For Immediate Release
Felon in Possession of Firearm Sentenced to Ten Years in Prison
OKLAHOMA CITY – BOBBY VON ROGERS, 38, of Moore, has been sentenced to ten years in prison for being a felon in possession of a firearm, announced First Assistant U.S. Attorney Robert J. Troester.
On September 5, 2018, a federal grand jury indicted Rogers on one count of possessing a Smith & Wesson 9mm pistol on April 10, 2018, after having been convicted of a felony. Rogers pleaded guilty on November 29, 2018.
On May 10, 2019, U.S. District Judge David L. Russell sentenced Rogers to the statutory maximum: 120 months, or ten years, in federal prison. This was a variance upward from the U.S. Sentencing Guidelines, which recommended a sentence between 70 and 87 months. The court heard evidence at sentencing that Rogers has had a number of victim protective orders filed against him. According to evidence before the court, the victim had given birth to Rogers’s child a few weeks before April 10, 2018, when Rogers became abusive. The court heard testimony that when the victim’s mother arrived at his residence to intervene, Rogers slammed the mother’s head against a car, put a gun to her head, and asked: “Are you ready to die?” The court imposed the maximum sentence after remarking that Rogers is a danger to any woman he encounters.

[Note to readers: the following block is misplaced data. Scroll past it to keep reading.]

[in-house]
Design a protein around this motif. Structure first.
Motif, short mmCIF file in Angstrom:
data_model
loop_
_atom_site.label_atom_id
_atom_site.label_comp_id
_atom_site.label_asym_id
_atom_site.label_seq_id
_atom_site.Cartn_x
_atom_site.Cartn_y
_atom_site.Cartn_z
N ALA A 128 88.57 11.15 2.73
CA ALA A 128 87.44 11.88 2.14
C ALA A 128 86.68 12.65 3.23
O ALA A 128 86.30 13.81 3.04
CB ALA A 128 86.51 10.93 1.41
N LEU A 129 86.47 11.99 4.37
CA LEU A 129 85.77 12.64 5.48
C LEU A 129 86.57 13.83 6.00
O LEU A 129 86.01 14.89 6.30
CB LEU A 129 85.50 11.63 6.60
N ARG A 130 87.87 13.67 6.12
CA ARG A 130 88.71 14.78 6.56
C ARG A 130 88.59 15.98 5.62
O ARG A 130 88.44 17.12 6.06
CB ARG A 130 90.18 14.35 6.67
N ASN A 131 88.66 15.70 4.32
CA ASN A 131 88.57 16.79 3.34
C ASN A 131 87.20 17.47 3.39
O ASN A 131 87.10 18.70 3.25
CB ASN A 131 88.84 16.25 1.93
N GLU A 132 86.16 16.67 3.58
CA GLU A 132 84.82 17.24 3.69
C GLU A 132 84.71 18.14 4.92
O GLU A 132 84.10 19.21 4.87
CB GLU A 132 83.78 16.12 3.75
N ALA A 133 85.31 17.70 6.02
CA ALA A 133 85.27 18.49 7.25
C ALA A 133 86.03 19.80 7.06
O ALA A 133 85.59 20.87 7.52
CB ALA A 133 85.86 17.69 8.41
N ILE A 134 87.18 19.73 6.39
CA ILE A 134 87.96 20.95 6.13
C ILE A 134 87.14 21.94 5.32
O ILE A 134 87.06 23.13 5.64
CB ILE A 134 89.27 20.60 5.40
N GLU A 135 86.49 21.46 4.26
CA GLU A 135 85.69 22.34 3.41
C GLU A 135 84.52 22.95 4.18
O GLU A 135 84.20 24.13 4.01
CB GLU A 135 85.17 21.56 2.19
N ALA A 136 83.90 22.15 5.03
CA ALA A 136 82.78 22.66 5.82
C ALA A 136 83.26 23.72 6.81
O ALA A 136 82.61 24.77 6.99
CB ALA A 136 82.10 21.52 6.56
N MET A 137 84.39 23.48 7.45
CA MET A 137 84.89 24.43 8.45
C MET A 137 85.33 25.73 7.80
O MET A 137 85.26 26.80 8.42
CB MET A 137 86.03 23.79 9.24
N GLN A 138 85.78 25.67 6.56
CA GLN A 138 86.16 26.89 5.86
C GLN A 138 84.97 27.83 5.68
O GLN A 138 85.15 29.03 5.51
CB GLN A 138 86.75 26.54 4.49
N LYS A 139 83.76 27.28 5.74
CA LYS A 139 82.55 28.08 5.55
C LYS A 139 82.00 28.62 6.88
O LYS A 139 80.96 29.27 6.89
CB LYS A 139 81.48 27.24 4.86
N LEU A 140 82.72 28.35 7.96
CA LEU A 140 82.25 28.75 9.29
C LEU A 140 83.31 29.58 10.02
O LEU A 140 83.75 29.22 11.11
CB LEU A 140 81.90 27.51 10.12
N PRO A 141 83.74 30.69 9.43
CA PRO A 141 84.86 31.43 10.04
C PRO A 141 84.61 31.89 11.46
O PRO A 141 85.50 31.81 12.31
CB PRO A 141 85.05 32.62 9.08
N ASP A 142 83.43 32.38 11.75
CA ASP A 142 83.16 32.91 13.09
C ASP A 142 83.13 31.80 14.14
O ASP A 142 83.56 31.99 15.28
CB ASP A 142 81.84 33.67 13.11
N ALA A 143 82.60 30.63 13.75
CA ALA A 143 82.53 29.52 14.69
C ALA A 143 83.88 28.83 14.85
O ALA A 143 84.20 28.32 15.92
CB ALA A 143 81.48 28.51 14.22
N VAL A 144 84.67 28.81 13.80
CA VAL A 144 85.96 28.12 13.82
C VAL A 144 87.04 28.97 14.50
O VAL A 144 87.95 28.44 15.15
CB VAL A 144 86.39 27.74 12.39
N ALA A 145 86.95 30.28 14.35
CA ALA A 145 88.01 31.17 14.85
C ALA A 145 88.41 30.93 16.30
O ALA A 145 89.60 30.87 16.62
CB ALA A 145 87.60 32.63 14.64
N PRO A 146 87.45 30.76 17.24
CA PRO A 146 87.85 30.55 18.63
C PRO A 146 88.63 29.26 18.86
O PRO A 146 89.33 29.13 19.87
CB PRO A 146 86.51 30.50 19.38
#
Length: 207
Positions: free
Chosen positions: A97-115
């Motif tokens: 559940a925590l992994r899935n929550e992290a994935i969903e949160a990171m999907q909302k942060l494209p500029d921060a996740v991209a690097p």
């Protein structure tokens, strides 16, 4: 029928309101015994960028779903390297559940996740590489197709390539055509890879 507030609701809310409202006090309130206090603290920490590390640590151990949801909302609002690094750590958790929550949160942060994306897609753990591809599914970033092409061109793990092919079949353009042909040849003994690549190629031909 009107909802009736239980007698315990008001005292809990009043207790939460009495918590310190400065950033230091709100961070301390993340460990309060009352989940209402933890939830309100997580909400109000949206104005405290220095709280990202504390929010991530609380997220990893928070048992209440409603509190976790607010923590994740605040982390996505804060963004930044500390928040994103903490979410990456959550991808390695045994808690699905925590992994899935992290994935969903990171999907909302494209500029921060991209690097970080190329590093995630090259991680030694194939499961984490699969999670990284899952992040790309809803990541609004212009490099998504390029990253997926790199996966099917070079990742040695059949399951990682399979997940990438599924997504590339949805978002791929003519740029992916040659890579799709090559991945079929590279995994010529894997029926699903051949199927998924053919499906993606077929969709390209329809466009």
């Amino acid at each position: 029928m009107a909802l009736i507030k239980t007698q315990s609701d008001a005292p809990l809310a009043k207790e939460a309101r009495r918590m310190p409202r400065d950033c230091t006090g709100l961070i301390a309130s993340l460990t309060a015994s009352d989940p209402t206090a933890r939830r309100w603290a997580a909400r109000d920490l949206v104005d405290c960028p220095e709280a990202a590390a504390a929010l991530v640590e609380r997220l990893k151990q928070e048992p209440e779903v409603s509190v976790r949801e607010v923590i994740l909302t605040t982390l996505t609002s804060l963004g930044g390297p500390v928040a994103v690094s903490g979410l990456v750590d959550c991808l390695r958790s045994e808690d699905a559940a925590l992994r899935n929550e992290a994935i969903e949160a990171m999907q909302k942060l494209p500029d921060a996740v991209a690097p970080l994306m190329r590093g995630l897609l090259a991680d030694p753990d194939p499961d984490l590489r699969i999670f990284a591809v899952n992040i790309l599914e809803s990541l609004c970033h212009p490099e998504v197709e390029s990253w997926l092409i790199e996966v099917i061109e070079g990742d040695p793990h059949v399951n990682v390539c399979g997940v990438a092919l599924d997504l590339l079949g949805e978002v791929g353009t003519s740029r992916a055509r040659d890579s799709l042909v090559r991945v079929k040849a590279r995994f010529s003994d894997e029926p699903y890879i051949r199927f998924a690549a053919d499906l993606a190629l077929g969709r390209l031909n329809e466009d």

“Serious penalties await those who possess a firearm after a felony conviction,” said First Assistant U.S. Attorney Troester. “When domestic violence is involved, we will seek an appropriate sentence to prevent further violence and protect victims from future abuse.”
This case is the result of an investigation by the Moore Police Department and the Bureau of Alcohol, Tobacco, Firearms & Explosives. Prosecuted by Assistant U.S. Attorney Charles W. Brown, the case is part of Project Safe Neighborhoods, a Department of Justice program to reduce violent crime. In October 2017, the Department announced the reinvigoration of Project Safe Neighborhoods and directed U.S. Attorney’s Offices to develop crime-reduction strategies that incorporate lessons federal law enforcement has learned since the program’s launch in 2001. To enhance local effectiveness, the Western District of Oklahoma has emphasized prosecution of federal gun crimes connected to domestic violence.
Reference is made to court filings for further information.